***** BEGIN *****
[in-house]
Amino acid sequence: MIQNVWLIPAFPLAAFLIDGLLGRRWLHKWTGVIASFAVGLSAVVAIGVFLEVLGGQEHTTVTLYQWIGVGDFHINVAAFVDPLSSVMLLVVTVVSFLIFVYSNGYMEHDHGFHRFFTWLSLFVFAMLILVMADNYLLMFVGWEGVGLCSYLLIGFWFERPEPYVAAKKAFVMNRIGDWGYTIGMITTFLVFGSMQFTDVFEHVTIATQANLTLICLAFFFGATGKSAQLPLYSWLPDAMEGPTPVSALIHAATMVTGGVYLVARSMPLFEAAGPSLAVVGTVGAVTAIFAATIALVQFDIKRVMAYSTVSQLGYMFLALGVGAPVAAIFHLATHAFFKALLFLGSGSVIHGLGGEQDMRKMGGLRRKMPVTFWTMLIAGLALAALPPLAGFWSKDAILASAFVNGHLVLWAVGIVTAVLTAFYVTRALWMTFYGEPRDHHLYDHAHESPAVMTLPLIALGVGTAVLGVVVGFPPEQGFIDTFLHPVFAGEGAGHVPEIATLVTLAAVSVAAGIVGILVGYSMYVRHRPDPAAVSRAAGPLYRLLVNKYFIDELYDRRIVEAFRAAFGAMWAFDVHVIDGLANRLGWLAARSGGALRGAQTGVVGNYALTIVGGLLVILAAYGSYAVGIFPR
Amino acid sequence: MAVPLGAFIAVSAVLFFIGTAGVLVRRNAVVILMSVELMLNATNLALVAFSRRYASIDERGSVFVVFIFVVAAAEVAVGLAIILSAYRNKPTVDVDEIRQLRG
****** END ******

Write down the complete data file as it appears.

[in-house]
Amino acid sequence: MIQNVWLIPAFPLAAFLIDGLLGRRWLHKWTGVIASFAVGLSAVVAIGVFLEVLGGQEHTTVTLYQWIGVGDFHINVAAFVDPLSSVMLLVVTVVSFLIFVYSNGYMEHDHGFHRFFTWLSLFVFAMLILVMADNYLLMFVGWEGVGLCSYLLIGFWFERPEPYVAAKKAFVMNRIGDWGYTIGMITTFLVFGSMQFTDVFEHVTIATQANLTLICLAFFFGATGKSAQLPLYSWLPDAMEGPTPVSALIHAATMVTGGVYLVARSMPLFEAAGPSLAVVGTVGAVTAIFAATIALVQFDIKRVMAYSTVSQLGYMFLALGVGAPVAAIFHLATHAFFKALLFLGSGSVIHGLGGEQDMRKMGGLRRKMPVTFWTMLIAGLALAALPPLAGFWSKDAILASAFVNGHLVLWAVGIVTAVLTAFYVTRALWMTFYGEPRDHHLYDHAHESPAVMTLPLIALGVGTAVLGVVVGFPPEQGFIDTFLHPVFAGEGAGHVPEIATLVTLAAVSVAAGIVGILVGYSMYVRHRPDPAAVSRAAGPLYRLLVNKYFIDELYDRRIVEAFRAAFGAMWAFDVHVIDGLANRLGWLAARSGGALRGAQTGVVGNYALTIVGGLLVILAAYGSYAVGIFPR
Amino acid sequence: MAVPLGAFIAVSAVLFFIGTAGVLVRRNAVVILMSVELMLNATNLALVAFSRRYASIDERGSVFVVFIFVVAAAEVAVGLAIILSAYRNKPTVDVDEIRQLRG